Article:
Review of Passion

starring Jacqueline Kim (Lao Ma)

Contributed by Liz Brock

In Los Angeles, both Passion and Assassins
By Terri Roberts

In conventional musical theater, love usually comes in romantic packages, wrapped in soaring declarations of devotion and tied up with happy endings that imply a future full of shining possibilities.

But in a Stephen Sondheim show, love is most often a stark and naked tiling. It's intense, it's complicated, and though there are moments of joy to be found, they often come with a storm cloud lining and a short life span.

No Sondheim show examines both extremes of love—and much of the middle ground—with more fervor than Passion. And the East West Players production that premiered in September, the first complete staging of the Tony-winning 1994 show ever presented in Los Angeles, happily buried itself in every hopeful, hateful moment of it.

Granted, Passion's balance leans more firmly toward the darker side of love. As beautiful Clara (Linda Igarashi, lovely in both voice and form) tells handsome Giorgio (Michael Dalager) during their brief, blissful lovemaking at the top of the show, "Unhappiness can be seductive."

Tim Dang, the Players' artistic director, seized on this prophetic observation, focusing on the loss of hope, both literally and metaphorically. His Fosca, in a magnificent, award-worthy performance by Jacqueline Kim, was a plain-featured woman—not physically ugly, as is commonly portrayed.

Fosca is wasting away for the lack of hope, of beauty, of love to sustain her. Under Dang's clear direction, it was evident that her gaunt, grim appearance, her shudderings and wild screams were the physical manifestations of her belief that no goodness will come to her and she has no real reason to live—that is, until Giorgio arrives and she becomes immediately obsessed with him.

This all became real in the East West Players production. Kim's Fosca, though polite and demure (it is, after all, 1863 Italy), was acutely aware of her own compulsions, and completely unapologetic about it. Her voice trembled when she spoke and on occasion when she sang, but it often grew stronger than her body, seemingly by the sheer force of her desire. With every downcast eye and sharp turn of phrase, Kirn demonstrated that Fosca's hidden strength was that she knew what she had become, that she knew how to make use of her frailties and that she could do so with a strange sort of purity and grace that was, by turns, both breath-taking in its sincerity and irrefutably appalling.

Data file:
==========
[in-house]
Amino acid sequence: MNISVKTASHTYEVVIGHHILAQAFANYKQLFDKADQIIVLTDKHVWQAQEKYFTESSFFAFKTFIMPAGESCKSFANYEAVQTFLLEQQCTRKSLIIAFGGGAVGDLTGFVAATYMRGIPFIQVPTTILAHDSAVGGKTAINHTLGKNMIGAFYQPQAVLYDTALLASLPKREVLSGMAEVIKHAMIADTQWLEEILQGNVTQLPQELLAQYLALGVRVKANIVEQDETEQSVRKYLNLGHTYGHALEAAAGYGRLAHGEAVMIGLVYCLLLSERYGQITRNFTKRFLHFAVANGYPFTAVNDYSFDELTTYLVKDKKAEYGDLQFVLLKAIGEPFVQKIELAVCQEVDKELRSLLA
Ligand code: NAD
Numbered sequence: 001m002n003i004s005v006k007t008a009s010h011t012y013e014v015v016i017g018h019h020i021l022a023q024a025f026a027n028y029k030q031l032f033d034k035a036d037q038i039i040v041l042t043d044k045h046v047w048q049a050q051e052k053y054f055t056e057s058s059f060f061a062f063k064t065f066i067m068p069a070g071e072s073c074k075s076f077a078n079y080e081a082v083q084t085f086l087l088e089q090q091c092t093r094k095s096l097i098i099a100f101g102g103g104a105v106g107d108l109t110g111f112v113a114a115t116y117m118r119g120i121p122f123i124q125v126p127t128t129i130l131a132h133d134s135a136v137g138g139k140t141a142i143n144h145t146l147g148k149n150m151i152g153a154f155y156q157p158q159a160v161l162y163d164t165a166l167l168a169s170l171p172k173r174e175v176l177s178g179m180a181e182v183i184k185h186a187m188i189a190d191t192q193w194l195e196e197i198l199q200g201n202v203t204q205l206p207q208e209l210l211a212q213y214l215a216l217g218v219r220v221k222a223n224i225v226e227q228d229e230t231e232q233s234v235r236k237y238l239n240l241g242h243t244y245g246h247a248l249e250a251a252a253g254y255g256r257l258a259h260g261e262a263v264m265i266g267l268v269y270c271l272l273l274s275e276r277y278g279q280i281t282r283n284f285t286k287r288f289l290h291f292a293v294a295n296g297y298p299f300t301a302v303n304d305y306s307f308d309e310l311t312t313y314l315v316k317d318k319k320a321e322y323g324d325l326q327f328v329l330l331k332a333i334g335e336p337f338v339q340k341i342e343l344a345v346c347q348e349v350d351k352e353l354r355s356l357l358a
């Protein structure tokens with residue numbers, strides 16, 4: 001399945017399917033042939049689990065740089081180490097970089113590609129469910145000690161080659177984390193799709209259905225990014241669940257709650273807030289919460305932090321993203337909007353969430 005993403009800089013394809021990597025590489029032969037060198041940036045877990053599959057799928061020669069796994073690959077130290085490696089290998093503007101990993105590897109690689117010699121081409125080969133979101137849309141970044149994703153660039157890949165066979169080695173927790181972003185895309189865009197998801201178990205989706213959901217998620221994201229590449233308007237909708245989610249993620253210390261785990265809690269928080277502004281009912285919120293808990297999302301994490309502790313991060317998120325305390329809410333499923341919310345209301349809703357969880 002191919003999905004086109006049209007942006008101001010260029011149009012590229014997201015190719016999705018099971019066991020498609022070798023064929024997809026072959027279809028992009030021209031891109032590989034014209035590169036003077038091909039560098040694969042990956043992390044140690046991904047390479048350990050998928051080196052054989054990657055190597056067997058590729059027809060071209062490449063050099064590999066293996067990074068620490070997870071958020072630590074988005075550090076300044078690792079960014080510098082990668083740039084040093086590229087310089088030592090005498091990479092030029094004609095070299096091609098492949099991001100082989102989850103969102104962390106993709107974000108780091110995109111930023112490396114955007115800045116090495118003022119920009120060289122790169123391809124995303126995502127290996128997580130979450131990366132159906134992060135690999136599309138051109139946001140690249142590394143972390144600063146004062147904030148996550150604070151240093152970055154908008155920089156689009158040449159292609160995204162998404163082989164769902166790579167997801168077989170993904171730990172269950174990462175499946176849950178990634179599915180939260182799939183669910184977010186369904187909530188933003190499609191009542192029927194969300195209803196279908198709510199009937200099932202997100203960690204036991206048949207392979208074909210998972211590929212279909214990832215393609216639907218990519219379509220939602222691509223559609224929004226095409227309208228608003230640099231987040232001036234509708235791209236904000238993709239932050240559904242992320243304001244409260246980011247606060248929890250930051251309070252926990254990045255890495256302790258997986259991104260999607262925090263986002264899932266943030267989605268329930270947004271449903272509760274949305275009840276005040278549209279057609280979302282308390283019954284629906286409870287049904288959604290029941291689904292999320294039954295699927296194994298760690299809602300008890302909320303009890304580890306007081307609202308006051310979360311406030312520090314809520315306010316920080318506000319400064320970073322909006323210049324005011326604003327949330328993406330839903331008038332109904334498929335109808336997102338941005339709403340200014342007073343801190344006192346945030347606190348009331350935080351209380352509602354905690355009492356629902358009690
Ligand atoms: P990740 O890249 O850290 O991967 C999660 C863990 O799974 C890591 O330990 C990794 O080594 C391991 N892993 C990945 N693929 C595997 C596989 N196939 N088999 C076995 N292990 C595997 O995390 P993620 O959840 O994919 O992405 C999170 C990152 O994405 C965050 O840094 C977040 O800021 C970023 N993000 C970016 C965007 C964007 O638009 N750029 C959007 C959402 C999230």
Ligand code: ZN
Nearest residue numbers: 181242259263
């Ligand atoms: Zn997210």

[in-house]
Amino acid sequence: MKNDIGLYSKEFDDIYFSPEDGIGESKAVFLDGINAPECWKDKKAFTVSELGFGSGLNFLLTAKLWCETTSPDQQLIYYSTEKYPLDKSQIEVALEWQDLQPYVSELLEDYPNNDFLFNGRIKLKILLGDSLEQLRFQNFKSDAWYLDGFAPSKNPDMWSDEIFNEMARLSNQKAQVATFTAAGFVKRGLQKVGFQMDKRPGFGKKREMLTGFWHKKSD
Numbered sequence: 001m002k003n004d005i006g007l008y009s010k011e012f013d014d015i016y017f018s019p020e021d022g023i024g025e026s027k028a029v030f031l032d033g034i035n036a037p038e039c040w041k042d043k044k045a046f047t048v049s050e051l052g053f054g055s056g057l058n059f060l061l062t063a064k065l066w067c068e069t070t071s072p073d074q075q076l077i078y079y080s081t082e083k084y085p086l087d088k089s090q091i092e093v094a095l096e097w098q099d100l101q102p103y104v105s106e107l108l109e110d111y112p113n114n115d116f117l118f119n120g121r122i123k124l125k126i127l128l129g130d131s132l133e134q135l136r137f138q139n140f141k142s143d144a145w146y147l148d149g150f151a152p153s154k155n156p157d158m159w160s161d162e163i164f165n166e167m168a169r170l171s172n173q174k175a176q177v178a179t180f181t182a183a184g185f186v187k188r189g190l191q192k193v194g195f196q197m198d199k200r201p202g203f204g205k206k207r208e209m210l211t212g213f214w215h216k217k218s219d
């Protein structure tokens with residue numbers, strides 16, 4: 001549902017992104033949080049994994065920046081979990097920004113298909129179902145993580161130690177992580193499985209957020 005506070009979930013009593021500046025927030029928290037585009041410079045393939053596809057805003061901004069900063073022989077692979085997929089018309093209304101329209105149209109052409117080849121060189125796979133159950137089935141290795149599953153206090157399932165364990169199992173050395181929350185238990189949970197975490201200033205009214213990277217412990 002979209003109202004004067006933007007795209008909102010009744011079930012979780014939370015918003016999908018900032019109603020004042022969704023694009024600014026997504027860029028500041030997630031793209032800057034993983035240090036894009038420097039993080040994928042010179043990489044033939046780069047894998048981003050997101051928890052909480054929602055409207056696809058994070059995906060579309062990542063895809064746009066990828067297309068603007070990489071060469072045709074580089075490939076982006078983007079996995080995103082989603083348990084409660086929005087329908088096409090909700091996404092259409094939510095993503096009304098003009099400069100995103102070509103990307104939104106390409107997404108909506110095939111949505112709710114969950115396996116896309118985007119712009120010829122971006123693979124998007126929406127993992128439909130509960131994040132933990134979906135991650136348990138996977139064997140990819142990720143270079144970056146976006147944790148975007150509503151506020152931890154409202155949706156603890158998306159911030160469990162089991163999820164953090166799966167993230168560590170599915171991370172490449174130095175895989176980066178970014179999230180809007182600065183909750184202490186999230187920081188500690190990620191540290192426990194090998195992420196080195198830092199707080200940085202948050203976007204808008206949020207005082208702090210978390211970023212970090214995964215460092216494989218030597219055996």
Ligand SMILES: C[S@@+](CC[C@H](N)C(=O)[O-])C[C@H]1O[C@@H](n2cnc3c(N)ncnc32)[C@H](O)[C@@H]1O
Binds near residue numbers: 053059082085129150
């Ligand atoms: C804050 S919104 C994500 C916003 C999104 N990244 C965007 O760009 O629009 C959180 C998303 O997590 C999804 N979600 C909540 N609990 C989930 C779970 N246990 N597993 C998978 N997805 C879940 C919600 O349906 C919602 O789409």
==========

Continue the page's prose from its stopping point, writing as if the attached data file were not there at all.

Passion turns on Giorgio's gradual transformation from horrified soldier to a man humbled by "love without reason, mercy, pride or shame." On opening night, the fine-figured Dalager was a little less secure in reaching for some of Giorgio's emotional highs than was Kim in her role, particularly in their ultra-dramatic showdown during a thunderstorm on the bluffs. Otherwise, he was firmly in control of Giorgio's feelings, His shift was, at times, almost too subtle to be detected, but in his ultimate release to Fosca, Dalager crystallized Giorgio's willingness, at last, to love in a fierce new way—if only for one night.

Set designer Victoria Petrovich accented this clingy sense of desperation by wrapping the stage in symbolically twisted, naked branches. They reached up to a second level, where musical director Scott Nagatani and four other musicians brought out all the implications of Sondheim's introspective score using just contrabass, percussion and keyboards.